I am not revealing some ‘blue stories’ or Thousand and one nights Arabian stories. I am not sure whether Ko Kalar Aries came physically here or their ‘religion’ or practice only arrived here. Never mind don’t worry dear, I just tease you with this story. Now I would like to trace our ancestors. I hope you already knew my habit of parroting or just informing you what I happened to know by chance. Sometime I just mentioned or write about anything I heard or read in the newspapers or books. All that I mentioned are not because I supported the idea or believed that it is an irrefutable truth. I just mentioned casually, sometimes light heartedly, sometimes as a joke to irritate you or sometimes just wish to highlight a controversy welcoming a heated debate in our platform or stage, this blog. In Burmese ‘Pwe sue aung_ loke thee’. I hope that then only more people will notice or read this Blog or there may be better hits on this web page. I already knew that this web page, is visited by Shwe Bamas abroad but I hope to see more progress. Dear darling that radical ideas came into my mind because I rarely have a chance to read any feed back from our readers. If we could even attract our oppositions and radicals, of course there must be decorum, mutual respect and some politeness from all the sides, to refute what we wrote; it may be a great progress.  You had said before, “Counting the ballots is better than cracking the heads.” 

Let me modify or think beyond that, or apply this to another area. I hereby wish to propose that, ‘we better fight with our pens rather than fighting with live ammunitions’.  Fighting as a gentleman on the Internet is much better, more desirable and humane than fighting on the real battle field. Although I may be seen as a coward because of these words, after all the real battle ground is also not a level playing field for us. In the Shwe Bama village compound, anyone talking, speaking, writing or even possesses the papers against the SPDC or Daw Than Shwe would be arrested and prosecuted or more correctly persecuted.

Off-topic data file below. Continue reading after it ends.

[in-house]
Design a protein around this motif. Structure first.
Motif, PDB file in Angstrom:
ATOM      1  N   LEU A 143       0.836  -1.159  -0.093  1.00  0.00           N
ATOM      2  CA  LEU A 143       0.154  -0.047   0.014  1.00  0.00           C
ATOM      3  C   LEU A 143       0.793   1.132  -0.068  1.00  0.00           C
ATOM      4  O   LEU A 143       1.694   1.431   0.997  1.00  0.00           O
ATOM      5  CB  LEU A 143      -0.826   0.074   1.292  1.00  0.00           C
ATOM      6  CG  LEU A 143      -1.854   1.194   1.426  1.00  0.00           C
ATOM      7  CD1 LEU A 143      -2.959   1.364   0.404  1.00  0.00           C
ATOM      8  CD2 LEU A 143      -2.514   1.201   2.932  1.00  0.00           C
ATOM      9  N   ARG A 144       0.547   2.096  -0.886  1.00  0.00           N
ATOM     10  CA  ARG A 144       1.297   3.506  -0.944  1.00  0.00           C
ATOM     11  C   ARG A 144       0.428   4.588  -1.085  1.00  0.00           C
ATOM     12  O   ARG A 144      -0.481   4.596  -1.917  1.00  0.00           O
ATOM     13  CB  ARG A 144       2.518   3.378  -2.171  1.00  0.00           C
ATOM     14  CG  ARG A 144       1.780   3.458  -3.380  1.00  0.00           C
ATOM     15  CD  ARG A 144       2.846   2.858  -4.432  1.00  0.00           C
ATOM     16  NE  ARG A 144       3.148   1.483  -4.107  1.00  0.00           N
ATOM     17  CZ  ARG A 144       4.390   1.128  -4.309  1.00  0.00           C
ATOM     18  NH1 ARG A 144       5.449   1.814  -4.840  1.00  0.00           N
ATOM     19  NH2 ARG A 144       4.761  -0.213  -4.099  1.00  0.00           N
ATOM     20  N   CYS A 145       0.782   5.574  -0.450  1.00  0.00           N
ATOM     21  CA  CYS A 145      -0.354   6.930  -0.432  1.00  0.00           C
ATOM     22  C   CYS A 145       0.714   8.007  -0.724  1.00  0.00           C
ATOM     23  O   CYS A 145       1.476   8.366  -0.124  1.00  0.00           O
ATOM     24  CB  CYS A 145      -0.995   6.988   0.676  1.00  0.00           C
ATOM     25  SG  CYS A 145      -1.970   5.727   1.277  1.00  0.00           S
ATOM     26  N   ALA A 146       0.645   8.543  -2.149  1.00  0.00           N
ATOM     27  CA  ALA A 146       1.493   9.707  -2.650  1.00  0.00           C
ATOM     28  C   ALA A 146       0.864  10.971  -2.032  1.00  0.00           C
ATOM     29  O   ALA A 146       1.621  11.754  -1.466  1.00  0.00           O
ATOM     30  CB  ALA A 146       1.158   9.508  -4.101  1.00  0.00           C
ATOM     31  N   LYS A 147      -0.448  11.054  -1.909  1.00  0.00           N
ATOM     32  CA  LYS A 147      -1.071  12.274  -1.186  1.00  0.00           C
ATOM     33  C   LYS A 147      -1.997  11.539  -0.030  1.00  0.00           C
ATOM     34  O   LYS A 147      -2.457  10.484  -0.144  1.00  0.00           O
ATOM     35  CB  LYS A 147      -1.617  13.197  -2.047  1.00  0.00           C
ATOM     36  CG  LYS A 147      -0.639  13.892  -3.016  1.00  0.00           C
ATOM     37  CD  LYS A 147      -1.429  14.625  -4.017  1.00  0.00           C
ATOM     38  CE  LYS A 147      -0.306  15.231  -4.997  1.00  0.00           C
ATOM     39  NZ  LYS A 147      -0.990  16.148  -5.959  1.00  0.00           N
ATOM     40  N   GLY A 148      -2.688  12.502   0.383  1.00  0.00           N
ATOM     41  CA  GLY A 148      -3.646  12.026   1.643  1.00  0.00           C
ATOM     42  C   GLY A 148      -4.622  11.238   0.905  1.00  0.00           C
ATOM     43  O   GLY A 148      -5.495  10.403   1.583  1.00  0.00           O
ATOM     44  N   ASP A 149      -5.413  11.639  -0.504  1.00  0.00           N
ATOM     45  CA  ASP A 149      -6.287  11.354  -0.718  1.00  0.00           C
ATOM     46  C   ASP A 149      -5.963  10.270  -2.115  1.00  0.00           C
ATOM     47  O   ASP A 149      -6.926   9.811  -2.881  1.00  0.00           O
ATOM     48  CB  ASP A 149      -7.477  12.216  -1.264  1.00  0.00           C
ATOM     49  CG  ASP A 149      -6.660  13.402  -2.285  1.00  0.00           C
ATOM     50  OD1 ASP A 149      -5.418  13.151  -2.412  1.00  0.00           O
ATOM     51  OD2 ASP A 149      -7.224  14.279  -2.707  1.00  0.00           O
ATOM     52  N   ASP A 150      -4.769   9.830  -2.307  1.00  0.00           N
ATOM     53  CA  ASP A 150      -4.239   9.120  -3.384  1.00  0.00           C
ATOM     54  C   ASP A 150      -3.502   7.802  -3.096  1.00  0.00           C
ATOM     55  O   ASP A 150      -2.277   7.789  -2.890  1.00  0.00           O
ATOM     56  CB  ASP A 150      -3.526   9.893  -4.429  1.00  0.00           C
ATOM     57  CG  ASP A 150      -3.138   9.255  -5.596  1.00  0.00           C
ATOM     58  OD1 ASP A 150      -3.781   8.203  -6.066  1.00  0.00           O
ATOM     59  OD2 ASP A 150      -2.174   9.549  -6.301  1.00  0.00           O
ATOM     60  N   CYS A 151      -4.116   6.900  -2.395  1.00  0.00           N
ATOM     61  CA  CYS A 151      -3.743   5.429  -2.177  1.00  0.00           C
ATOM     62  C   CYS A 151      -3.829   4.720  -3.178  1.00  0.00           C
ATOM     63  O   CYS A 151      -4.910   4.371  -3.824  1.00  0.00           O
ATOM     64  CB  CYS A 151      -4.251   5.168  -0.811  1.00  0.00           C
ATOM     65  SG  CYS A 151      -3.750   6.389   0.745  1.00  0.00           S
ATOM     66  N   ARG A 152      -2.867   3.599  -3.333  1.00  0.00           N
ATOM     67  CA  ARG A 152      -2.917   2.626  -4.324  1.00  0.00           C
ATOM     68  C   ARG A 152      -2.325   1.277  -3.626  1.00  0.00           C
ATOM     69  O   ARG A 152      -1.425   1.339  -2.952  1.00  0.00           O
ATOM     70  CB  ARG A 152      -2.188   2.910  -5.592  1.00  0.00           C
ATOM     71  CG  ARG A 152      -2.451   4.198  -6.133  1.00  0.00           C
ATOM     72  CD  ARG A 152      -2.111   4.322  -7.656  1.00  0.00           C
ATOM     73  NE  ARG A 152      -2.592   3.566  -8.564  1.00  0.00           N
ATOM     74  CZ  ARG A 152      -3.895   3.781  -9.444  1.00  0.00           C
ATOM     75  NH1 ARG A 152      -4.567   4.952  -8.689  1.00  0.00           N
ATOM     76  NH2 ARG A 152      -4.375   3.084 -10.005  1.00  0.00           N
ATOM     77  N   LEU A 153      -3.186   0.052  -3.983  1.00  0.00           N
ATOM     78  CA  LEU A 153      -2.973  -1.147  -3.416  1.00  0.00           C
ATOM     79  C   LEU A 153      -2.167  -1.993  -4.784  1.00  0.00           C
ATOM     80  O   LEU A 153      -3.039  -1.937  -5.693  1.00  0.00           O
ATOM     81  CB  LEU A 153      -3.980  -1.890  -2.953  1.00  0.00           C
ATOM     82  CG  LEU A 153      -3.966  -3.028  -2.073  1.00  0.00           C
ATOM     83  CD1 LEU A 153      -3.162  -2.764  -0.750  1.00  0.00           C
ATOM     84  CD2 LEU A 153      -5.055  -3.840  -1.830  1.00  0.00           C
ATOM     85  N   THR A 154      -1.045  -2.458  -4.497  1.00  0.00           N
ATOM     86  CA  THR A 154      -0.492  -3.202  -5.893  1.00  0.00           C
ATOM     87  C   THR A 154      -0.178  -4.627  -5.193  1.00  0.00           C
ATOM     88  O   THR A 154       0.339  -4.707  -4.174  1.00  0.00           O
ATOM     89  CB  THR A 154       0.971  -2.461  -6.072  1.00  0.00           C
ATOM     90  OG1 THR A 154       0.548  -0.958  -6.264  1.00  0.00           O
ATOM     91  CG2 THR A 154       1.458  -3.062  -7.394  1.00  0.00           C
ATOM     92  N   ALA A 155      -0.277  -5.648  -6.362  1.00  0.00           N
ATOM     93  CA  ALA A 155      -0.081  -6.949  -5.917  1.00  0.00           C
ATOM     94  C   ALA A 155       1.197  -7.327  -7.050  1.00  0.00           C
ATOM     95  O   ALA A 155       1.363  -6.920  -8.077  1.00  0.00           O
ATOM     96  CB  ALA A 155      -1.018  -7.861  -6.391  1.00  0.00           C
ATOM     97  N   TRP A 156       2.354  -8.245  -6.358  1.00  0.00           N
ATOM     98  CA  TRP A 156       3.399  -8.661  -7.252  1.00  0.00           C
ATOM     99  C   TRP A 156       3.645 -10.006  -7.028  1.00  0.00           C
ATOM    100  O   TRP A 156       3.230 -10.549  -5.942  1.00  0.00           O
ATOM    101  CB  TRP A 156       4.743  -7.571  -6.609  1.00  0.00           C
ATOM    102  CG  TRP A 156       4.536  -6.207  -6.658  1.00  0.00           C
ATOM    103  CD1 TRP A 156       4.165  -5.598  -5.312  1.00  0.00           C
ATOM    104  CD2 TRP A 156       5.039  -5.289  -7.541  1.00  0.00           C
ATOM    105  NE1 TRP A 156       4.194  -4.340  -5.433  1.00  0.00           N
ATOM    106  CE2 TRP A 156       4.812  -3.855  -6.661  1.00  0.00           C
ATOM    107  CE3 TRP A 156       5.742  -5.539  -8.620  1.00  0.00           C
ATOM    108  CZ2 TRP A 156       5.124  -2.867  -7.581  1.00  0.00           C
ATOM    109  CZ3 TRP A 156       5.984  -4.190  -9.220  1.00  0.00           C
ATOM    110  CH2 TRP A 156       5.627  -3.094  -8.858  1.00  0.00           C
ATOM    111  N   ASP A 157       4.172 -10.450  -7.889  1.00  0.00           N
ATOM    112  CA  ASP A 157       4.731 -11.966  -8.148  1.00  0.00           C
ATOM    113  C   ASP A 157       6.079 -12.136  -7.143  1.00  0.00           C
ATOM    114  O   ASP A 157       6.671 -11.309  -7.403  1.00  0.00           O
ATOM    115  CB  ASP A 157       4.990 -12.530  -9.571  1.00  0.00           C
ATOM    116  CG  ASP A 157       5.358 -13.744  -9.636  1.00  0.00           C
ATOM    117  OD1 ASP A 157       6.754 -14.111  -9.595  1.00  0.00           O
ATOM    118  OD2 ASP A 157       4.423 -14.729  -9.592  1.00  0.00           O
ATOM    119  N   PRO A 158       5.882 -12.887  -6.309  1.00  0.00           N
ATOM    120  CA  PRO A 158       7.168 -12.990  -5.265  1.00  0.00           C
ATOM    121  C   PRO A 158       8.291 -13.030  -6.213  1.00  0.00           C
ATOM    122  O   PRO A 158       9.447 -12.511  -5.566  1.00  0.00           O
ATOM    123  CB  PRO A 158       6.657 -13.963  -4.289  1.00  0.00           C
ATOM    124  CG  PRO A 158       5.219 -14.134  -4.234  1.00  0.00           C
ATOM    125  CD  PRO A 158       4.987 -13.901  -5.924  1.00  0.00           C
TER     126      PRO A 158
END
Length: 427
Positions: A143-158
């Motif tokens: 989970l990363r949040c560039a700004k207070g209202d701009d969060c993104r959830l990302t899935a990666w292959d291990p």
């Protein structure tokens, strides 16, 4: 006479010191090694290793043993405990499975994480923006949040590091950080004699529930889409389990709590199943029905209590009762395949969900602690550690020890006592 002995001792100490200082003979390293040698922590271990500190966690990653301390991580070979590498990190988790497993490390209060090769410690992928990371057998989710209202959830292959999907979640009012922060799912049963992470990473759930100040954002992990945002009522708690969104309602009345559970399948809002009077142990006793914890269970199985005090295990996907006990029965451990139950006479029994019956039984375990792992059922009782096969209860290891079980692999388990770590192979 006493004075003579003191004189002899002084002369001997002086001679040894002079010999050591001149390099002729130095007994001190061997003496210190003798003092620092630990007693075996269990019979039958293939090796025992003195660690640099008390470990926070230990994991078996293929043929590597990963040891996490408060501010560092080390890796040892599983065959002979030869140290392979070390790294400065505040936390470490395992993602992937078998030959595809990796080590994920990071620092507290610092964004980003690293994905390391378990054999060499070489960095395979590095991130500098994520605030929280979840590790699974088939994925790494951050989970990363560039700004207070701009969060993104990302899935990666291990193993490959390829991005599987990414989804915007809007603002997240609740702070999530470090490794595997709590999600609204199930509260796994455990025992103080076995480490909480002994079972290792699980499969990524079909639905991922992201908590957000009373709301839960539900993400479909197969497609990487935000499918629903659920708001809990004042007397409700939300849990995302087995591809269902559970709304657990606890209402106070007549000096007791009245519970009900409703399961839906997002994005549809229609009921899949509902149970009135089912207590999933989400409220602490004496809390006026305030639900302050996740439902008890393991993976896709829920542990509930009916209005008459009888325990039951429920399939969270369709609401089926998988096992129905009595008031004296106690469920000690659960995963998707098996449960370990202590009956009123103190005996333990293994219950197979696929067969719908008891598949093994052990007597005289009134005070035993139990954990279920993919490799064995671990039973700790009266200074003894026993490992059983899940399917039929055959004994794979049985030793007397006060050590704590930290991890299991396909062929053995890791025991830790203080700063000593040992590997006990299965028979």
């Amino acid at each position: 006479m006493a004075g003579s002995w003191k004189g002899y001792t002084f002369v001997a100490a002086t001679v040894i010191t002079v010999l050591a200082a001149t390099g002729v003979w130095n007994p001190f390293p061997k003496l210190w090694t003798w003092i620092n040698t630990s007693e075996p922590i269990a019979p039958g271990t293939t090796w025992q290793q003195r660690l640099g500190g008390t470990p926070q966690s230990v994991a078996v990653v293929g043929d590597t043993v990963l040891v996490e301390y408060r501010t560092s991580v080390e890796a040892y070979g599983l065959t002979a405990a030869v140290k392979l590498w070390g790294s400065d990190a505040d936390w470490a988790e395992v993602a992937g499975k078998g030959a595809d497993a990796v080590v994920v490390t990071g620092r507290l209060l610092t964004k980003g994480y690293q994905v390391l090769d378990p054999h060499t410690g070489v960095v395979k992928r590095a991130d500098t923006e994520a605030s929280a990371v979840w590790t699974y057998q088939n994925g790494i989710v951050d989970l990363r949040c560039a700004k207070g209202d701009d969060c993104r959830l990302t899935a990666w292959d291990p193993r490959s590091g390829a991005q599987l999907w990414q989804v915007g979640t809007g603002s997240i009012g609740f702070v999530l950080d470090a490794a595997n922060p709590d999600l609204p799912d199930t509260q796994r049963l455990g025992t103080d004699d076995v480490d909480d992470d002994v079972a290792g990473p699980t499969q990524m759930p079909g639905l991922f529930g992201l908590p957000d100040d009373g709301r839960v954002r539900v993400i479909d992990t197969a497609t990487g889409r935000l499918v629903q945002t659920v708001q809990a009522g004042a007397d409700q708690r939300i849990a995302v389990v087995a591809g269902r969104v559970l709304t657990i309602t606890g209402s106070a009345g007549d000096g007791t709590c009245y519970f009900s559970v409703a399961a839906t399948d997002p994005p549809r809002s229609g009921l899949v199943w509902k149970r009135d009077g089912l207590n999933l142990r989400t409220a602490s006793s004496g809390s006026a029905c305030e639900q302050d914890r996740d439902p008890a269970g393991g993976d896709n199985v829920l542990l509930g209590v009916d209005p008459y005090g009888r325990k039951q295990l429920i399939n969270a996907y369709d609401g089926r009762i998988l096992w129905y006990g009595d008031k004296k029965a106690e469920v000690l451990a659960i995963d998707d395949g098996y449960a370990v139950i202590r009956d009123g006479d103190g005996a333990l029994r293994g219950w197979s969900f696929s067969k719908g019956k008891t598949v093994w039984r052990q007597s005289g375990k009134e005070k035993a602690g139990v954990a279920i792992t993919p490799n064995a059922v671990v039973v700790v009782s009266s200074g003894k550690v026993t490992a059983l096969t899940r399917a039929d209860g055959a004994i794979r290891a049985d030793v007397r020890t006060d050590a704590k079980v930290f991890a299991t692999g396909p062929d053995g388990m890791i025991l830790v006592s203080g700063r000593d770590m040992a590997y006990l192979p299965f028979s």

Do you remember the famous case of a gentleman, a representative of few western countries, arrested for using the unregistered Fax Machine? (I wrote about him in previous letter.) And on the real battle front, at the border areas our freedom fighters are outnumbered. Their ammunition, transport, organization, intelligent networks and equipments, budget and etc. are also not able to compete with SPDC’s strong forces. Guerrilla warfare in the Shwe Bama village itself is also almost impossible.  So we have only one easy option, ICT warfare or propaganda warfare on internet. And it is relatively safe and quite effective. But because of heavy censorship on Internet contents, it may be less effective inside the Shwe Bama village itself; until and unless those opposition radio stations actively promote and inform regularly on most of the opposition Internet contents. We are sad that there is some intense rivalry and competition every where among our various opposition groups. We should make all the articles bilingual, in Burmese for the general population, in English to attract and explain the foreigners to persuade them to support us. We need to translate all the information vice versa. I had seen a lot of second and third generations of our Shwe Bama Migrant’s children out of touch with our Shwe Bama language. Most of them could still speak fluently in Shwe Bama but could not read nor write in Shwe Bama well enough. Surprisingly most of them still love our Shwe Bama country, they care about our country and interested in all the things Shwe Bama. I hope if we could attract all of our people in the free outside world to participate in the open discussion, discourse, dialogue or even a heated argument, it would be beneficial for all of us as it could definitely lead to more mutual understanding.